Once, when I was sick in bed on a Sunday, my parents and brother went without me on the weekly trip to visit my “other grandmother,” my dad’s mother. This Sunday ritual was so sacred that only a 102- degree fever could excuse my not going, so my parents left me in the care of my Nanny who had to be at church for a couple of hours that afternoon to cook for the Youth fellowship supper, leaving me for that time in bed alone. Which was really OK with me because, before he left, Dad moved his radio into my bedroom so I could listen to the broadcast of the Yankee-White Sox game. One of Birmingham’s stations carried the Sox broadcast since Birmingham’s minor league team, the Barons, was affiliated with Chicago. Sick as I was, I was also delirious to be listening uninterrupted to Sox announcer Milo Hamilton calling the play-by-play and Mickey Mantle’s thumping of the Pale Hose.

Before Nanny left that morning for church, she stopped by my room to make certain I was well enough to be left alone.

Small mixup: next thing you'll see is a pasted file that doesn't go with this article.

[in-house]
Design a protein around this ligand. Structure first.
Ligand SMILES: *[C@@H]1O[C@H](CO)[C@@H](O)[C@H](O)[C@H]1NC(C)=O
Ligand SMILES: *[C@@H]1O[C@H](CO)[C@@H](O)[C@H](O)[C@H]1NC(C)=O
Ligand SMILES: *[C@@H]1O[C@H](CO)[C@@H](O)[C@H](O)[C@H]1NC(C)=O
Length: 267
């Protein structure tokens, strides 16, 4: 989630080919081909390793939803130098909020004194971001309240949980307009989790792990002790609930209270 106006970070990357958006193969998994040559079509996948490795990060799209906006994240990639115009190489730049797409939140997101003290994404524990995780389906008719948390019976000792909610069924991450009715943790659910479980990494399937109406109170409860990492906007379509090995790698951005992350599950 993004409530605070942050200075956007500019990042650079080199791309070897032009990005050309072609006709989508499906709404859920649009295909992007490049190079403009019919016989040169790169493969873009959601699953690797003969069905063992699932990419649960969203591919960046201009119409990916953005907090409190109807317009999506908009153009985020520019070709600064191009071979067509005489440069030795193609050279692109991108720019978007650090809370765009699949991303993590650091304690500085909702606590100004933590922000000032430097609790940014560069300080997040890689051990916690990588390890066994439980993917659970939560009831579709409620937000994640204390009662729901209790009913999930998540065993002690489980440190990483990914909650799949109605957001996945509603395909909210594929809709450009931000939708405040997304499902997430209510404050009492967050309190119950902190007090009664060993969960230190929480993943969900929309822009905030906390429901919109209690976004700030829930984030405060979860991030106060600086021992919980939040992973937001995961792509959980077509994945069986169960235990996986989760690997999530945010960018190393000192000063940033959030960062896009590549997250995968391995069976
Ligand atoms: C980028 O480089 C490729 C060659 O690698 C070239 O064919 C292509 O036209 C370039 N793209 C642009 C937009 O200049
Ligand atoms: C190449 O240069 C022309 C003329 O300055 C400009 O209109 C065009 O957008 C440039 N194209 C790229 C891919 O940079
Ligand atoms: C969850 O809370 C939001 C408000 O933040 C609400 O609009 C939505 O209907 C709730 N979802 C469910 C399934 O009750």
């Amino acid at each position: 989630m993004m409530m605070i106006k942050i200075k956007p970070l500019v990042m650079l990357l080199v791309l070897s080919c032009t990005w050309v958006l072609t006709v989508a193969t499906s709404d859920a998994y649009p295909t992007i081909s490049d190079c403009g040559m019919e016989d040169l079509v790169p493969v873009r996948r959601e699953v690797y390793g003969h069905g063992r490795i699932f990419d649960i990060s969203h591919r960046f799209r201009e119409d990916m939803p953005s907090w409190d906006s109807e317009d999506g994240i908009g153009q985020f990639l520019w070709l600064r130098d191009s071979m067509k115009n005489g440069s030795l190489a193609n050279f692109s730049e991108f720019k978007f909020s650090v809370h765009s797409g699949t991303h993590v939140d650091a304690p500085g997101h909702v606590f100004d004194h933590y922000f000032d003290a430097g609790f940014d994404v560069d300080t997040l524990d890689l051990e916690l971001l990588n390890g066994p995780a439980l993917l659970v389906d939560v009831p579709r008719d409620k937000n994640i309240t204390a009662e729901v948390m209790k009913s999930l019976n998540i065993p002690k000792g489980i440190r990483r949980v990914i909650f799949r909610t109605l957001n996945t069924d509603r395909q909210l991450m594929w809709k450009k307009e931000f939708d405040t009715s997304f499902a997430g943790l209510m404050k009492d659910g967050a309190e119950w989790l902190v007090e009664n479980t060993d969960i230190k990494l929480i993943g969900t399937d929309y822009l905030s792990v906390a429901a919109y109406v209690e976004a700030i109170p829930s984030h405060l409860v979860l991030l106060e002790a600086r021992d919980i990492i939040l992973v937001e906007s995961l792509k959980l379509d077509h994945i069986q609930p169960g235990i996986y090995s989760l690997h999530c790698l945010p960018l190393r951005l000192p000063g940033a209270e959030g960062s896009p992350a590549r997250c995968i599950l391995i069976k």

“I think so, “I moaned. “But could you bring me something back, Nanny?”

“Why sure, darling’. What do you want?”

“Some baseball cards from the bakery.”

After giving her precise instructions as to where to find the cards and what exactly to ask for, she left, and I spent the next two hours listening to the Yanks and dreaming of Yankee cards to come. It’s funny now to think about, but never in my card-buying experience did I ever believe that I would only get more doubles, just like I never believe now that a Yankee will hit into a double play. As the game ended and my anticipation matched my temperature, I heard the front door opening.  

Always when she arrived home, the second she opened the door she’d call out “Jo Ann (my mother), I’m back.” And while I knew that she knew Mom was still at my other grandmother’s, I expected Nanny to holler out something—my name, maybe. 

Nothing, at first. And then footsteps, passing through the living room, her bedroom, down the hall, and finally to my room.  

“Nanny?”  I squeaked.

Nothing.

The steps grew nearer, and before panic overwhelmed me, the door opened and there she stood. Or sort of. It was the Nanny I knew and loved, but on this early summer evening, I wasn’t sure that this woman really was my grandmother. Even though she was in her early 70’s, Nanny made sure that every time she left the house she was the perfect picture of Southern womanhood.  Clothes neatly matching her shoes and purse; hair was precisely pinned and combed. Hat if desired.